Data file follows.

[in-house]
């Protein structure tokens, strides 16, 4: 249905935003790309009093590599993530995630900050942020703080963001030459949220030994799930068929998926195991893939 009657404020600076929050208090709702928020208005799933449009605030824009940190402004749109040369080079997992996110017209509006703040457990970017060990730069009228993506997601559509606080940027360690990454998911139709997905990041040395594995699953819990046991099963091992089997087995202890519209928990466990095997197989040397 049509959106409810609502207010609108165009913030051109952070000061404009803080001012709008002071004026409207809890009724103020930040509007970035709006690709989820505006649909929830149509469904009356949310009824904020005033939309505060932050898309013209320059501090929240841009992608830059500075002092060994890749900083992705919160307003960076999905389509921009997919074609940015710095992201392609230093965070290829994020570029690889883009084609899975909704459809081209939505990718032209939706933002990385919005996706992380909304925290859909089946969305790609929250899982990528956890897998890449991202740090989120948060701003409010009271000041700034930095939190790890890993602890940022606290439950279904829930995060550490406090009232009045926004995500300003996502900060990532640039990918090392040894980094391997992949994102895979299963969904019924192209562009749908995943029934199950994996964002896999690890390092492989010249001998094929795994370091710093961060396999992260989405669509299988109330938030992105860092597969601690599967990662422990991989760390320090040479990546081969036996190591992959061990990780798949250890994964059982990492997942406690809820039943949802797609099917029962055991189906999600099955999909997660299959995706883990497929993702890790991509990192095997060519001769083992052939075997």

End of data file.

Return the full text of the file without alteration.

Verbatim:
[in-house]
């Protein structure tokens, strides 16, 4: 249905935003790309009093590599993530995630900050942020703080963001030459949220030994799930068929998926195991893939 009657404020600076929050208090709702928020208005799933449009605030824009940190402004749109040369080079997992996110017209509006703040457990970017060990730069009228993506997601559509606080940027360690990454998911139709997905990041040395594995699953819990046991099963091992089997087995202890519209928990466990095997197989040397 049509959106409810609502207010609108165009913030051109952070000061404009803080001012709008002071004026409207809890009724103020930040509007970035709006690709989820505006649909929830149509469904009356949310009824904020005033939309505060932050898309013209320059501090929240841009992608830059500075002092060994890749900083992705919160307003960076999905389509921009997919074609940015710095992201392609230093965070290829994020570029690889883009084609899975909704459809081209939505990718032209939706933002990385919005996706992380909304925290859909089946969305790609929250899982990528956890897998890449991202740090989120948060701003409010009271000041700034930095939190790890890993602890940022606290439950279904829930995060550490406090009232009045926004995500300003996502900060990532640039990918090392040894980094391997992949994102895979299963969904019924192209562009749908995943029934199950994996964002896999690890390092492989010249001998094929795994370091710093961060396999992260989405669509299988109330938030992105860092597969601690599967990662422990991989760390320090040479990546081969036996190591992959061990990780798949250890994964059982990492997942406690809820039943949802797609099917029962055991189906999600099955999909997660299959995706883990497929993702890790991509990192095997060519001769083992052939075997």